Outside the Union Theater most Thursday nights, eager students wait to get a chance to see the week’s free screening. Last night was no different with a special early screening of the upcoming film “Get Out.”
“Get Out” follows a young African-American named Chris, played by Daniel Kaluuya, as he meets the parents of his white girlfriend. Though interracial relationships have been legal for over 50 years, they continue to carry stigmas from the days of Jim Crow.
“As a black man myself, this is a concept I can relate to: dating a non-black person and wondering if you would really be accepted by that other person’s family,” president of the Film Admiration Society of Texas Alton Braxton said.
FAST is a club at UT that attends local screenings at the Union such as “Get Out” in order to build a community of cinephiles.
“We like to make an effort to attend (the screenings) in a group, that way we can experience the films together and discuss them afterwards,” Braxton said.
“Get Out” is just the type of film that provides interesting conversation fodder for FAST. “Get Out” is the directorial debut of Jordan Peele, one half of the comedy-sketch duo Key and Peele.” Some may see this as an unexpected change of pace, but according to Peele, horror and comedy are actually quite alike in how they both are about inciting a physical reaction in the audience. The film stars an African-American, a rarity in Hollywood horror flicks.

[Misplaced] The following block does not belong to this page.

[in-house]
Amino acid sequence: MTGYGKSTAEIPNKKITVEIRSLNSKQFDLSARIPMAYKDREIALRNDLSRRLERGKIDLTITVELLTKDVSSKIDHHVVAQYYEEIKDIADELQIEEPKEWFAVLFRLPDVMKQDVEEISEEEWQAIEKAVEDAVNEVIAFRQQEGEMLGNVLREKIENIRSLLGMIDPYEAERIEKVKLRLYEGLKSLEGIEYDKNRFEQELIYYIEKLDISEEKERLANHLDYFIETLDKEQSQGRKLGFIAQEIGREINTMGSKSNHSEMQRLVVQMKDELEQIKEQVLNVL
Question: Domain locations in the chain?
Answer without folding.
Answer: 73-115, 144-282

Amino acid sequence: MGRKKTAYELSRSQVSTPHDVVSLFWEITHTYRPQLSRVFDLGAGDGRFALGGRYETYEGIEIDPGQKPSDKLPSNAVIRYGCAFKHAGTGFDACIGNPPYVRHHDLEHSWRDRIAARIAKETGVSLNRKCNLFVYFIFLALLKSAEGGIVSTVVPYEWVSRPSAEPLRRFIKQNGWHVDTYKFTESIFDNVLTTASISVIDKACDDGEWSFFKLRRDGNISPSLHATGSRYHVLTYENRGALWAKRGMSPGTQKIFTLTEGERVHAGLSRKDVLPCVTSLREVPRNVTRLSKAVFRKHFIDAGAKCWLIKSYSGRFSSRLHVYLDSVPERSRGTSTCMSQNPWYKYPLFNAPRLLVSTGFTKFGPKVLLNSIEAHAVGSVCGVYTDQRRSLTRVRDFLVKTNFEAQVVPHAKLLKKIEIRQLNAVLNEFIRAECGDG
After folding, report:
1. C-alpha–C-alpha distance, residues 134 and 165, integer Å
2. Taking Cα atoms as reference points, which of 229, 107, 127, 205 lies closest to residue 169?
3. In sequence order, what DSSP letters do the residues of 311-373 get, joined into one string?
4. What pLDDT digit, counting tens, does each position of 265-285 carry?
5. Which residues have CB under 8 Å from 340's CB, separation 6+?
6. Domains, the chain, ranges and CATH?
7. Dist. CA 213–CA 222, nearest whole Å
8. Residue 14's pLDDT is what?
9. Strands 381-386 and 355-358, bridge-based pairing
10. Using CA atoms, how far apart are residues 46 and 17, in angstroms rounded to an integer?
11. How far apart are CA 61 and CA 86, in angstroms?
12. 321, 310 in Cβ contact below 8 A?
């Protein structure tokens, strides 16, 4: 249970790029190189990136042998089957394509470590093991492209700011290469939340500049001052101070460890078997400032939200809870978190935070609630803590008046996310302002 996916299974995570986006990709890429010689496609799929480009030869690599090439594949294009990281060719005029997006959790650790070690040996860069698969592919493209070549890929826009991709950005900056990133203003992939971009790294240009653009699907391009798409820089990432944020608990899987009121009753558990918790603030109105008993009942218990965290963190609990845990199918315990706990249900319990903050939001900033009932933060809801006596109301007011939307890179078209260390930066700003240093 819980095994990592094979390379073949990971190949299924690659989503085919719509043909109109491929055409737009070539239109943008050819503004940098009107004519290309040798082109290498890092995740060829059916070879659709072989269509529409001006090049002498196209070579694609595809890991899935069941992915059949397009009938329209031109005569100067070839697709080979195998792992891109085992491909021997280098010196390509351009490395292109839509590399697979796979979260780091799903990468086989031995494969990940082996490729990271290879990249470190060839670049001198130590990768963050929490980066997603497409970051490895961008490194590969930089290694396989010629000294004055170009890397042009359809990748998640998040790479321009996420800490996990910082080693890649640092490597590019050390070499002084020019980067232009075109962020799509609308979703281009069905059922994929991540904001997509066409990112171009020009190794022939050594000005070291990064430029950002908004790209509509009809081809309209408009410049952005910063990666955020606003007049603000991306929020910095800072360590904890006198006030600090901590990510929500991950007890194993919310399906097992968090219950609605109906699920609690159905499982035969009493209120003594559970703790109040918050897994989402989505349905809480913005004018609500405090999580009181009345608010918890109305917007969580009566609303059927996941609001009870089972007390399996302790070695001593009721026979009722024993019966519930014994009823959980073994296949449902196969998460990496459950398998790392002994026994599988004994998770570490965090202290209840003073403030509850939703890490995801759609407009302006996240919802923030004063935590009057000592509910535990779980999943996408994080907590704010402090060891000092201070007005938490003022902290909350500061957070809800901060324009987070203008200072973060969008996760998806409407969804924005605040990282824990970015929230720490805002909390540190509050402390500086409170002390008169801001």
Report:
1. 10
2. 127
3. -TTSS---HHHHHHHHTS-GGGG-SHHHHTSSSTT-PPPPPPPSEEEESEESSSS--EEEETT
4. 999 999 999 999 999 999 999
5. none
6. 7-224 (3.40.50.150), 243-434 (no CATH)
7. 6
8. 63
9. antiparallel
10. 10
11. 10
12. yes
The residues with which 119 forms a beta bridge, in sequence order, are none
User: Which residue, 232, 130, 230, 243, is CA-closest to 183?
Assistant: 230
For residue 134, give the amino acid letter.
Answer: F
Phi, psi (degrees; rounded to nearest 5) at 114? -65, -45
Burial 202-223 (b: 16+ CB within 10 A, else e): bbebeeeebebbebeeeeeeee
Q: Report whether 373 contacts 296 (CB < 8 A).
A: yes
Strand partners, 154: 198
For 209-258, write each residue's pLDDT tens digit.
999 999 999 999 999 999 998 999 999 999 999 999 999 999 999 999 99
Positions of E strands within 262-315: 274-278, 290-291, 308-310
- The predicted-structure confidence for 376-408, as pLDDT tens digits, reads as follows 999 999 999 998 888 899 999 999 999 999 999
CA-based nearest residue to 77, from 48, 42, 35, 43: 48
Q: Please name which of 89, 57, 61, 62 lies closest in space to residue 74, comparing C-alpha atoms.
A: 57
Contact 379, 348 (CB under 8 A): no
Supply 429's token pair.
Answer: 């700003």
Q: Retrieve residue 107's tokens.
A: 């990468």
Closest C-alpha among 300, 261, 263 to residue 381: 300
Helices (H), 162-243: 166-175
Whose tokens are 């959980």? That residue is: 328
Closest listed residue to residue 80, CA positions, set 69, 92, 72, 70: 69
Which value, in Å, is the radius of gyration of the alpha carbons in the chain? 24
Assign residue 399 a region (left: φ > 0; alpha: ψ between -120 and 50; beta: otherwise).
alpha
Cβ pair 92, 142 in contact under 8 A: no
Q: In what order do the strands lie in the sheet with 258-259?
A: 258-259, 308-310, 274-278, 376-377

UT’s screening of “Get Out” was only possible due to the work of Campus Events + Entertainment, a student run organization that puts on different events, free for UT students. E+E has been working with Universal studio’s brand ambassador for the past year to bring early screenings of highly anticipated movies to campus.
“If we get 300 people into a room to see a movie, then those 300 people will go tell their friends that they enjoyed it,” E+E president and UT alumnus Paul Stanley Mannie said. “It’s an easy way to breach into the campus and to get students to go out to their movies.”
This February, there is an emphasis on African-American-led and directed films. For example, next week E+E will be showing the Oscar nominated film Moonlight (2016) with special guest UT alumnus and star of the film Trevante Rhodes.
“(We) were purposeful in putting those films in February, but had they not put them in February, it’s just choosing a film that’s great,” Mannie said, “And I think sometimes that gets confused with, ‘Let’s let the African-Americans watch a movie’ versus just showing a movie that maybe African-American led.”
“Get Out” also expresses a minority perspective rarely seen on the silver screen in how it’s showcases a black man in the lead while simultaneously dealing with such complex issues as institutionalized racism.
“We want to represent those different interests that we didn’t see in the past, and that are coming up now,” Chair of Showtime Wendy Lopez said. “We want people to be able to connect and relate to what is being seen on the screen.”
E+E doesn’t shy away from presenting movies depicting controversial themes such as those expressed in “Get Out.” Just last month, they exhibited Blazing Saddles (1974), a Mel Brooks Western parody that has received criticism for its use of the n-word. E+E differs from other organizations in its location on college campus where students are encouraged to engage with uncomfortable and offensive material.
“Whenever there is something that maybe controversial or offend someone, it can start a conversation,” Lopez said, “The fact that our events have the ability to do that is pretty cool.”
E+E aims to provide more films such as “Get Out” that strive to push the audience’s ability to empathize while still providing quality entertainment.
“All in all, if it’s a good year for movies, it’s a good year for (UT).” Lopez said.
And this year is shaping up to be a stellar one in that.